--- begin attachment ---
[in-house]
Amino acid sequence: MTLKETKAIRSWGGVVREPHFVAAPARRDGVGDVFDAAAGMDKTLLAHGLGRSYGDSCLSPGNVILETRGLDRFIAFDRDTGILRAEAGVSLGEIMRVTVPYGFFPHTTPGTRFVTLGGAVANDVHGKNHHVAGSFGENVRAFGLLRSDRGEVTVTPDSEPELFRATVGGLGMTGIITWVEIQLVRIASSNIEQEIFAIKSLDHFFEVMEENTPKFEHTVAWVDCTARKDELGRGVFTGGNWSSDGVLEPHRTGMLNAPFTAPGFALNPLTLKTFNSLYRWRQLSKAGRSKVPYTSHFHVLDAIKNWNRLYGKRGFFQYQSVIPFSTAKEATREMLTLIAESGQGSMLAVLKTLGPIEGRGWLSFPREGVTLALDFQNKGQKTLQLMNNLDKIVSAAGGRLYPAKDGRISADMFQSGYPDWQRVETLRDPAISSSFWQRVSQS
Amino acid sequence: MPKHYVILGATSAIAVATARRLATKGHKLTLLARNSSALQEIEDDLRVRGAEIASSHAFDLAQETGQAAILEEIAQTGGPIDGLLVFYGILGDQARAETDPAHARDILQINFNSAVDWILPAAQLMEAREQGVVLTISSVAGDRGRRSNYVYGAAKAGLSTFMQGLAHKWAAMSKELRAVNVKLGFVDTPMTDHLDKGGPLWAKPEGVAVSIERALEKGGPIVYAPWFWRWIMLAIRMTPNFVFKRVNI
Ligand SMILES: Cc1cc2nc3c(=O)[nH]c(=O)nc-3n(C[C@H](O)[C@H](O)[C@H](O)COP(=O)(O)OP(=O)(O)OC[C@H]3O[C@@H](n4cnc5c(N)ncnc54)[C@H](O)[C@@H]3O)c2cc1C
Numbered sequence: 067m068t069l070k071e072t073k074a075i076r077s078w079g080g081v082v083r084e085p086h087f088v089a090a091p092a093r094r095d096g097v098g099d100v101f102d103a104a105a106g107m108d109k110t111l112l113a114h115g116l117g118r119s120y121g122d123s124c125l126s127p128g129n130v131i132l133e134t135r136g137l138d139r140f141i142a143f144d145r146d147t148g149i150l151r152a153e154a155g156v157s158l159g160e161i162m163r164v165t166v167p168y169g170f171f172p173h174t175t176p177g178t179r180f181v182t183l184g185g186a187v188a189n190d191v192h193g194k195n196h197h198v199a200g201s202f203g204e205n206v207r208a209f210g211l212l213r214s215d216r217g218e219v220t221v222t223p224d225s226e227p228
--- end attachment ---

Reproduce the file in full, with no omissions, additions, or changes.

[in-house]
Amino acid sequence: MTLKETKAIRSWGGVVREPHFVAAPARRDGVGDVFDAAAGMDKTLLAHGLGRSYGDSCLSPGNVILETRGLDRFIAFDRDTGILRAEAGVSLGEIMRVTVPYGFFPHTTPGTRFVTLGGAVANDVHGKNHHVAGSFGENVRAFGLLRSDRGEVTVTPDSEPELFRATVGGLGMTGIITWVEIQLVRIASSNIEQEIFAIKSLDHFFEVMEENTPKFEHTVAWVDCTARKDELGRGVFTGGNWSSDGVLEPHRTGMLNAPFTAPGFALNPLTLKTFNSLYRWRQLSKAGRSKVPYTSHFHVLDAIKNWNRLYGKRGFFQYQSVIPFSTAKEATREMLTLIAESGQGSMLAVLKTLGPIEGRGWLSFPREGVTLALDFQNKGQKTLQLMNNLDKIVSAAGGRLYPAKDGRISADMFQSGYPDWQRVETLRDPAISSSFWQRVSQS
Amino acid sequence: MPKHYVILGATSAIAVATARRLATKGHKLTLLARNSSALQEIEDDLRVRGAEIASSHAFDLAQETGQAAILEEIAQTGGPIDGLLVFYGILGDQARAETDPAHARDILQINFNSAVDWILPAAQLMEAREQGVVLTISSVAGDRGRRSNYVYGAAKAGLSTFMQGLAHKWAAMSKELRAVNVKLGFVDTPMTDHLDKGGPLWAKPEGVAVSIERALEKGGPIVYAPWFWRWIMLAIRMTPNFVFKRVNI
Ligand SMILES: Cc1cc2nc3c(=O)[nH]c(=O)nc-3n(C[C@H](O)[C@H](O)[C@H](O)COP(=O)(O)OP(=O)(O)OC[C@H]3O[C@@H](n4cnc5c(N)ncnc54)[C@H](O)[C@@H]3O)c2cc1C
Numbered sequence: 067m068t069l070k071e072t073k074a075i076r077s078w079g080g081v082v083r084e085p086h087f088v089a090a091p092a093r094r095d096g097v098g099d100v101f102d103a104a105a106g107m108d109k110t111l112l113a114h115g116l117g118r119s120y121g122d123s124c125l126s127p128g129n130v131i132l133e134t135r136g137l138d139r140f141i142a143f144d145r146d147t148g149i150l151r152a153e154a155g156v157s158l159g160e161i162m163r164v165t166v167p168y169g170f171f172p173h174t175t176p177g178t179r180f181v182t183l184g185g186a187v188a189n190d191v192h193g194k195n196h197h198v199a200g201s202f203g204e205n206v207r208a209f210g211l212l213r214s215d216r217g218e219v220t221v222t223p224d225s226e227p228